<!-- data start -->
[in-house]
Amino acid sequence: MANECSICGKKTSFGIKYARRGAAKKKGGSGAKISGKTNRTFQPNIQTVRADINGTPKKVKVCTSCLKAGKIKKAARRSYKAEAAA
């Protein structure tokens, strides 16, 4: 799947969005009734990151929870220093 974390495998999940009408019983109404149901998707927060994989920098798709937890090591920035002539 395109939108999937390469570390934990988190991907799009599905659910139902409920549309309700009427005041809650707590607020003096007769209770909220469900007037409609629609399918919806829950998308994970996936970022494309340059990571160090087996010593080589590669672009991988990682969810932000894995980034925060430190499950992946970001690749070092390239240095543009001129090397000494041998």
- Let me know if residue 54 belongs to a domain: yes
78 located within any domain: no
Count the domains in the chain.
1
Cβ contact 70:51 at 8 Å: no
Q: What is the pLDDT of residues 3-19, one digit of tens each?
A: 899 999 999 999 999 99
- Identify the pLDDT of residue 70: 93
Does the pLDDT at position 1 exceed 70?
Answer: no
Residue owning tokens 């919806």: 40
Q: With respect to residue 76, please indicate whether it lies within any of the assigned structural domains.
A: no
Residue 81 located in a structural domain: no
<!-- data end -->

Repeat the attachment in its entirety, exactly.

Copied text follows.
[in-house]
Amino acid sequence: MANECSICGKKTSFGIKYARRGAAKKKGGSGAKISGKTNRTFQPNIQTVRADINGTPKKVKVCTSCLKAGKIKKAARRSYKAEAAA
């Protein structure tokens, strides 16, 4: 799947969005009734990151929870220093 974390495998999940009408019983109404149901998707927060994989920098798709937890090591920035002539 395109939108999937390469570390934990988190991907799009599905659910139902409920549309309700009427005041809650707590607020003096007769209770909220469900007037409609629609399918919806829950998308994970996936970022494309340059990571160090087996010593080589590669672009991988990682969810932000894995980034925060430190499950992946970001690749070092390239240095543009001129090397000494041998």
- Let me know if residue 54 belongs to a domain: yes
78 located within any domain: no
Count the domains in the chain.
1
Cβ contact 70:51 at 8 Å: no
Q: What is the pLDDT of residues 3-19, one digit of tens each?
A: 899 999 999 999 999 99
- Identify the pLDDT of residue 70: 93
Does the pLDDT at position 1 exceed 70?
Answer: no
Residue owning tokens 């919806």: 40
Q: With respect to residue 76, please indicate whether it lies within any of the assigned structural domains.
A: no
Residue 81 located in a structural domain: no